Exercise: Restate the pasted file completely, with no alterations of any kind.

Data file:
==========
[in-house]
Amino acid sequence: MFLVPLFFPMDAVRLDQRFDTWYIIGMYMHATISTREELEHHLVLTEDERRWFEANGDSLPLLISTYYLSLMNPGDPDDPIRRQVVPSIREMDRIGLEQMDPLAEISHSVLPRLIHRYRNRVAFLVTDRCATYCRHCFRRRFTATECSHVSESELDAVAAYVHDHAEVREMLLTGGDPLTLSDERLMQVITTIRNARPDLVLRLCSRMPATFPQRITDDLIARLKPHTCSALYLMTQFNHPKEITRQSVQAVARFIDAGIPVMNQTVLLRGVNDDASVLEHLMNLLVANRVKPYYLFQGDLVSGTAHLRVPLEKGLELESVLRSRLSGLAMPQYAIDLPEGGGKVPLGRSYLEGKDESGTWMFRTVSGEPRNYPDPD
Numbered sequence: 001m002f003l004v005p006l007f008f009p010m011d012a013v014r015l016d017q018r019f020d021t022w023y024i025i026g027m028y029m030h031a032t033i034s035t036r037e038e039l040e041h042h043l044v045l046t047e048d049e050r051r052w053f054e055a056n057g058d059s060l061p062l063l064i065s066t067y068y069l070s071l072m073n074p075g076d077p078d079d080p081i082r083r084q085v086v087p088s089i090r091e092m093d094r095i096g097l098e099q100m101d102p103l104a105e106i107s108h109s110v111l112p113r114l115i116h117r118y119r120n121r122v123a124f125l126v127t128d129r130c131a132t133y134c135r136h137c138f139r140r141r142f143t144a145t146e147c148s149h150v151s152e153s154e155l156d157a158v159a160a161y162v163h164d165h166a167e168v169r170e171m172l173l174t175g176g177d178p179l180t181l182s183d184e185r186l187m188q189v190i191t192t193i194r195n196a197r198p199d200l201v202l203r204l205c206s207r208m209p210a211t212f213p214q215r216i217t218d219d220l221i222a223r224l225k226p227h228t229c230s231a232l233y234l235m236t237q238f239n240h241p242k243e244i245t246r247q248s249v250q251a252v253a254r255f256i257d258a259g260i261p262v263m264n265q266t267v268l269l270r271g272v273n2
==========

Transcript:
[in-house]
Amino acid sequence: MFLVPLFFPMDAVRLDQRFDTWYIIGMYMHATISTREELEHHLVLTEDERRWFEANGDSLPLLISTYYLSLMNPGDPDDPIRRQVVPSIREMDRIGLEQMDPLAEISHSVLPRLIHRYRNRVAFLVTDRCATYCRHCFRRRFTATECSHVSESELDAVAAYVHDHAEVREMLLTGGDPLTLSDERLMQVITTIRNARPDLVLRLCSRMPATFPQRITDDLIARLKPHTCSALYLMTQFNHPKEITRQSVQAVARFIDAGIPVMNQTVLLRGVNDDASVLEHLMNLLVANRVKPYYLFQGDLVSGTAHLRVPLEKGLELESVLRSRLSGLAMPQYAIDLPEGGGKVPLGRSYLEGKDESGTWMFRTVSGEPRNYPDPD
Numbered sequence: 001m002f003l004v005p006l007f008f009p010m011d012a013v014r015l016d017q018r019f020d021t022w023y024i025i026g027m028y029m030h031a032t033i034s035t036r037e038e039l040e041h042h043l044v045l046t047e048d049e050r051r052w053f054e055a056n057g058d059s060l061p062l063l064i065s066t067y068y069l070s071l072m073n074p075g076d077p078d079d080p081i082r083r084q085v086v087p088s089i090r091e092m093d094r095i096g097l098e099q100m101d102p103l104a105e106i107s108h109s110v111l112p113r114l115i116h117r118y119r120n121r122v123a124f125l126v127t128d129r130c131a132t133y134c135r136h137c138f139r140r141r142f143t144a145t146e147c148s149h150v151s152e153s154e155l156d157a158v159a160a161y162v163h164d165h166a167e168v169r170e171m172l173l174t175g176g177d178p179l180t181l182s183d184e185r186l187m188q189v190i191t192t193i194r195n196a197r198p199d200l201v202l203r204l205c206s207r208m209p210a211t212f213p214q215r216i217t218d219d220l221i222a223r224l225k226p227h228t229c230s231a232l233y234l235m236t237q238f239n240h241p242k243e244i245t246r247q248s249v250q251a252v253a254r255f256i257d258a259g260i261p262v263m264n265q266t267v268l269l270r271g272v273n2